So in surviving and thriving a violent attack, focus on physical skills that use only gross motor movements.  The straight blast is one example of this.  Gross motor movements use natural body movements.  If you have ever watched videos of chimpanzees fighting each other, they do it very simply and effectively.  They attack the parts of the body that destroy who they attack.  Other wild animals will do the same.

Think about what you do now that can be simplified against a violent attack.  Practice, practice, practice…  Find out what works and what doesn’t.  Remember, it’s your life and the life of those you love.  One other thing is keep yourself in good physical shape.  That way you can respond quickly and more effectively.

Violent Chimpanzee Attack (and you thought we were violent)

Violent Beating caught on tape

Bruce Lee interviewed by Pierre Burton

March 29, 2011

Here’s the lost interview of Bruce Lee being interviewed by Pierre Burton. It’s just under 25 minutes and will give you some more insight for those that haven’t seen it.

Like I’ve mentioned before, Bruce Lee was a man of philosophy as well as a martial arts master. As you watch this, listen to what he says and even go out and discover for yourself what he meant. Learn to adapt your mind first before you adapt your body. And then adapt your body to further adapt your mind.

Living at a Higher State of Mind in Your JKD

March 28, 2011

As each of us practice in Jeet Kune Do, we have to go beyond just the skill-set and into the mindset. As you get stronger and stronger during your practice, it’s important to get just as strong in the way you think. We all know that the founder, Bruce Lee, was a student of philosophy. Philosophers have always been known at thinking at a higher level.

Bruce Lee understood that we all must think at that higher level in order progress as martial artists. We have to understand what it means and not just the physical fighting skills developed. While Sijo Lee studied the fighting arts of many different areas, he also studied the philosophy of both Western and Eastern masters.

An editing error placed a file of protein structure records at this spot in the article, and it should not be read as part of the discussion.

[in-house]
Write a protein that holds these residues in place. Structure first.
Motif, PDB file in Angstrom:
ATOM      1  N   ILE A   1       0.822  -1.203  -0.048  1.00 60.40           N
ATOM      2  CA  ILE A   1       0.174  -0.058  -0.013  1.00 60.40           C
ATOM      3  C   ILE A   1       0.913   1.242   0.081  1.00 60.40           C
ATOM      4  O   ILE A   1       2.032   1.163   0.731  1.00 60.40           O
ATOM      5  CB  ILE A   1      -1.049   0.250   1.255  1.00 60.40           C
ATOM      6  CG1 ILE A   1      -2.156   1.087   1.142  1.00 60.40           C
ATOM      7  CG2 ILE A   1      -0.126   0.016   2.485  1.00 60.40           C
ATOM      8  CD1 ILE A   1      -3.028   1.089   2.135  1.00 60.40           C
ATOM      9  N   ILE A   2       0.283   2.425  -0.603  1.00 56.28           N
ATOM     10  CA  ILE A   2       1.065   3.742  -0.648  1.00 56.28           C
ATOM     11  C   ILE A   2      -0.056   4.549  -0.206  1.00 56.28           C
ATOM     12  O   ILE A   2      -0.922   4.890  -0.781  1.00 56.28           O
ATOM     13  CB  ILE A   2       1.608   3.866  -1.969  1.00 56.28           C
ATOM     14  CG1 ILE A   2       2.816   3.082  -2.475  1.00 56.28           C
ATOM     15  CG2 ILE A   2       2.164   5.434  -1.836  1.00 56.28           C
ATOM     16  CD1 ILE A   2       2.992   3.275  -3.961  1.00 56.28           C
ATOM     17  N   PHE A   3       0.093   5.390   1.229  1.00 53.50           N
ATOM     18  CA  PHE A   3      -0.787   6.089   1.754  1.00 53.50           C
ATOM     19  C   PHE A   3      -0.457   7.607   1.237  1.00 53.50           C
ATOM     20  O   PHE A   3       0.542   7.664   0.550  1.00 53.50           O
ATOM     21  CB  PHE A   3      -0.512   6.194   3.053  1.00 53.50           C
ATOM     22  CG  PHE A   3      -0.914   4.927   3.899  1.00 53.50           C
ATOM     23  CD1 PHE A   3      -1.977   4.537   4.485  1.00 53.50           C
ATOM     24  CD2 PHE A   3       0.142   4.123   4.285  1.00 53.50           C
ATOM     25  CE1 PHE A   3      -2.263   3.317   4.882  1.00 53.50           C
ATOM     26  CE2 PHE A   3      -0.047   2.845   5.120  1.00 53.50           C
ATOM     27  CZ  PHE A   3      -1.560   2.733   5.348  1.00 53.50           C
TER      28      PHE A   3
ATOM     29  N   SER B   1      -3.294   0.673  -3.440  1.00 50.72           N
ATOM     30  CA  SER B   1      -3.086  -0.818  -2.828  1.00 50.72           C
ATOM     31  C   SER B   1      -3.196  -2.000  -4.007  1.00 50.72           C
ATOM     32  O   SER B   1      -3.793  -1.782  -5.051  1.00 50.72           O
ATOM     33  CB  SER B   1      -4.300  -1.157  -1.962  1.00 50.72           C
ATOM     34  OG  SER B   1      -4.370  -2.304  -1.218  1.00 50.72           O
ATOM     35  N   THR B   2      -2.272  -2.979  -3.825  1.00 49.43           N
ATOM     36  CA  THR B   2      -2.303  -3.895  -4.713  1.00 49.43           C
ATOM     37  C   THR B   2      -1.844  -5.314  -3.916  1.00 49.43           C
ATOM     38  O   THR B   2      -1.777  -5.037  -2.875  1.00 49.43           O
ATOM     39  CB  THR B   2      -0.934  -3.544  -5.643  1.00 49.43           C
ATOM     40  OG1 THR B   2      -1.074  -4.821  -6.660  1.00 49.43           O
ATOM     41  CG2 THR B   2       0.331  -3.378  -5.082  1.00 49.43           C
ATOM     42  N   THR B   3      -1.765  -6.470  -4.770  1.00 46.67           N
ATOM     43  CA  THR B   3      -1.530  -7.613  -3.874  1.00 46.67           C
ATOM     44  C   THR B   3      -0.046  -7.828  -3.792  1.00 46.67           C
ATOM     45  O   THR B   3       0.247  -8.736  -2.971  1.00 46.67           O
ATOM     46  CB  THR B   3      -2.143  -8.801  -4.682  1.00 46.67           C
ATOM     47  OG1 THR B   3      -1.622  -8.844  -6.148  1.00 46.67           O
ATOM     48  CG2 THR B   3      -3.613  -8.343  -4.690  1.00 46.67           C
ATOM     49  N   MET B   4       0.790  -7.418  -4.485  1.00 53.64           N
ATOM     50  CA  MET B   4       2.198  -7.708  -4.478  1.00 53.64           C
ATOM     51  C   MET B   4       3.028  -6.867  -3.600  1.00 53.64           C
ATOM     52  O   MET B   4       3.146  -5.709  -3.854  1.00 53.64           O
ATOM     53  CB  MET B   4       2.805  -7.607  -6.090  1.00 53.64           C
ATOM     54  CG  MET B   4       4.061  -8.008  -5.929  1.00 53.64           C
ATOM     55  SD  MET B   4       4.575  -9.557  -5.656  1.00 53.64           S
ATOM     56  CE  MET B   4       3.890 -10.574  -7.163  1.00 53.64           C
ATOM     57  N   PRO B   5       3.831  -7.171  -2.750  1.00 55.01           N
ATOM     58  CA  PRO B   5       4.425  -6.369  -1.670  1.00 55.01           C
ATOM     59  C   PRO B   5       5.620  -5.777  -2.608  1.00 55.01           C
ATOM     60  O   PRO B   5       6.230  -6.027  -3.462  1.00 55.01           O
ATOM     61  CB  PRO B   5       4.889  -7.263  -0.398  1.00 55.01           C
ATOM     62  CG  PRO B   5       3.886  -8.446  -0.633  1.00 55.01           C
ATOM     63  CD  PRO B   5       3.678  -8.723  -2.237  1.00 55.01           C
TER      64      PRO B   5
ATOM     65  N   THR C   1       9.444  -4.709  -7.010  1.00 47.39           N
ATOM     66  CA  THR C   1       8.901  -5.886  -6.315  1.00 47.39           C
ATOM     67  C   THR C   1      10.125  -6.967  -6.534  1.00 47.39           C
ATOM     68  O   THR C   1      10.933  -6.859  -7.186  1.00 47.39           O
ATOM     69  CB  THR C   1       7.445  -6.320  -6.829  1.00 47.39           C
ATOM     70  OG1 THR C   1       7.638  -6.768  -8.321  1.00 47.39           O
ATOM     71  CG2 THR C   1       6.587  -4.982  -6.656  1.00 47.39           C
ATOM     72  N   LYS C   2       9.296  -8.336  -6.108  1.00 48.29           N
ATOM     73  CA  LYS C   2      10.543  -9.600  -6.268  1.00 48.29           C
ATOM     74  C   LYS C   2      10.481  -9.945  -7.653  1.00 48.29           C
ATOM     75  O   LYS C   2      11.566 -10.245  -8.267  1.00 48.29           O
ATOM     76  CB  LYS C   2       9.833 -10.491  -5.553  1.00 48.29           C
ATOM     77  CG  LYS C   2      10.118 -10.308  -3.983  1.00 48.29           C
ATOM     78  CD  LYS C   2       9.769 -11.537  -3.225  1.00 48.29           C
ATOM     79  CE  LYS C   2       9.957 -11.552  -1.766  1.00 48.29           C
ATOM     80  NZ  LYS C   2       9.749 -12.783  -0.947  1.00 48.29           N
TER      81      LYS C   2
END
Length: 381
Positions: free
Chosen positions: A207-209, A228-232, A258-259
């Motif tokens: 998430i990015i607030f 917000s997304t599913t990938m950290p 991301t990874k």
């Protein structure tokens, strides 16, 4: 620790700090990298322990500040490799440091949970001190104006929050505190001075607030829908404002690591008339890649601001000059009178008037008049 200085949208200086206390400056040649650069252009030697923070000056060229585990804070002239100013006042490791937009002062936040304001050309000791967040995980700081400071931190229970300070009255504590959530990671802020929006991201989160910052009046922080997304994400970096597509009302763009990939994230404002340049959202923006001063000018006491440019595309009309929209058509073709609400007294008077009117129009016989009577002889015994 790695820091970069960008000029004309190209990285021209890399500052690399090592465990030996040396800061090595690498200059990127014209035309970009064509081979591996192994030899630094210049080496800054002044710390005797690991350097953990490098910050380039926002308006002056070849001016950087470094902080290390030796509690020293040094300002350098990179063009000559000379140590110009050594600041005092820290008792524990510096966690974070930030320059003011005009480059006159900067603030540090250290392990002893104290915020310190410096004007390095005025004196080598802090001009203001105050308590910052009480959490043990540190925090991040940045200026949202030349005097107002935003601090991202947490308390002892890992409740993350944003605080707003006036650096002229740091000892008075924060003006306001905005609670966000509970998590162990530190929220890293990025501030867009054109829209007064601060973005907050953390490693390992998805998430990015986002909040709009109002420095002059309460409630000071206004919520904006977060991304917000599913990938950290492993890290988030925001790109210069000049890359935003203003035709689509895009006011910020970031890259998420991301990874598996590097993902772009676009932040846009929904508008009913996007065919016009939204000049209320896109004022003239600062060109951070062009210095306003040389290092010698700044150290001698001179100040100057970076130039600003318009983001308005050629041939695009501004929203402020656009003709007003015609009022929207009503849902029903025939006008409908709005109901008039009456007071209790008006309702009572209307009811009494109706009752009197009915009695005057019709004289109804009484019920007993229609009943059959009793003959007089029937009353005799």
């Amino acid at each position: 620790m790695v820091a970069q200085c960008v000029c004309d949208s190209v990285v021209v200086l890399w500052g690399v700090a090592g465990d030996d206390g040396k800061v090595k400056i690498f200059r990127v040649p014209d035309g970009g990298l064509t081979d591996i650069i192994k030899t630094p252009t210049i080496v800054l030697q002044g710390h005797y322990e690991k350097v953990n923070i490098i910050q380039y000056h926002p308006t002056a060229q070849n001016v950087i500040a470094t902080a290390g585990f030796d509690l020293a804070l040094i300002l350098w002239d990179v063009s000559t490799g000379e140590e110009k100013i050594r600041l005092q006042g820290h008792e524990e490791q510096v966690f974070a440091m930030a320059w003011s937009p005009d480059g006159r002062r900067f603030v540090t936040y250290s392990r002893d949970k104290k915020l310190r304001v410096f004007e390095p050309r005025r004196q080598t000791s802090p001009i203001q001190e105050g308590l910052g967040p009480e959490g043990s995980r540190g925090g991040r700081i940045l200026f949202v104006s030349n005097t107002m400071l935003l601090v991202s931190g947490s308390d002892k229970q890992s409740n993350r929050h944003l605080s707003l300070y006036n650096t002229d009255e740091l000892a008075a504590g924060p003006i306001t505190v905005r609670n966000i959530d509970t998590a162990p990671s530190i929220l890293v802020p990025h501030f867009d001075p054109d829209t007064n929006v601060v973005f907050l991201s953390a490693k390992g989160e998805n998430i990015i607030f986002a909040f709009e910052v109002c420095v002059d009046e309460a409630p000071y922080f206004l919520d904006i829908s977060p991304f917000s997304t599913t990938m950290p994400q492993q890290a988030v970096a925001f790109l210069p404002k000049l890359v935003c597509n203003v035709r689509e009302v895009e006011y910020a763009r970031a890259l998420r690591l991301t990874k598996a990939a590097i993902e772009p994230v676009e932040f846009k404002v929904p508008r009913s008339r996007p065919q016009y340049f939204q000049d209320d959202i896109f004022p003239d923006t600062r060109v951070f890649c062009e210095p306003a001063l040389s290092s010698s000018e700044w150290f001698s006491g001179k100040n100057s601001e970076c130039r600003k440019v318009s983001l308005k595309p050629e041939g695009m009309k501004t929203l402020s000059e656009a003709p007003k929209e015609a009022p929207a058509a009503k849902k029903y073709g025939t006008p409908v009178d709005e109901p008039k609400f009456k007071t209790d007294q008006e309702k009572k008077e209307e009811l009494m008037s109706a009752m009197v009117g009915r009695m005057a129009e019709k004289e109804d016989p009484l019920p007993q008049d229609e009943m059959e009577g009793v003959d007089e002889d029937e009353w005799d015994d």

Part of thinking is also looking at opinions versus the truth. Opinions are just. Many people have them and spurt them out all the time. While opinions of some help most people to make decision one way or another, it also hampers their ability to think. People are seduced by the opinions of some. Celebrities use their status to pitch a product, write a book, or push a political agenda. People will give them credence over the opinion of an expert in the respective field. People just don’t think and will repeat the opinion of these people as if they were the truth.

In JKD, I believe it’s time to add that aspect of what Bruce Lee was all about. Thinking at a higher level. Part of that is reading more. Bruce Lee had an amazing library. Now is the time to build yours and become a thinker too.

Hello Fellow JKD Practitioners and Martial Arts Brothers

March 28, 2011

This is the first of what is hopefully many upcoming posts regarding martial arts and especially Jeet Kune Do, Kali and combative arts.  While we pay tribute to those that have gone before us, there will be many more ahead who will continually improve  and bring about their own perspective as what it’s like to be a true martial artist and warrior.

Each and everyone of you have been on this worthwhile journey into a special land that has spanned many generations and centuries.  Be proud of what you’ve done and where you’re at.  Just don’t stop there.  For it is continually challenging yourself is where true growth comes in.  Bruce Lee was a proponent of continual learning in many areas of life.  He graduated with a degree in philosophy and applied it into his martial arts training.  This in turn helped him, in part, to develop Jeet Kune Do.  And especially the philosophy.

Go forth and make a difference in the lives of others as well as to yourself.  Protect those that need it and that includes teaching them.  Bullies need not apply here.  Be the way of the right.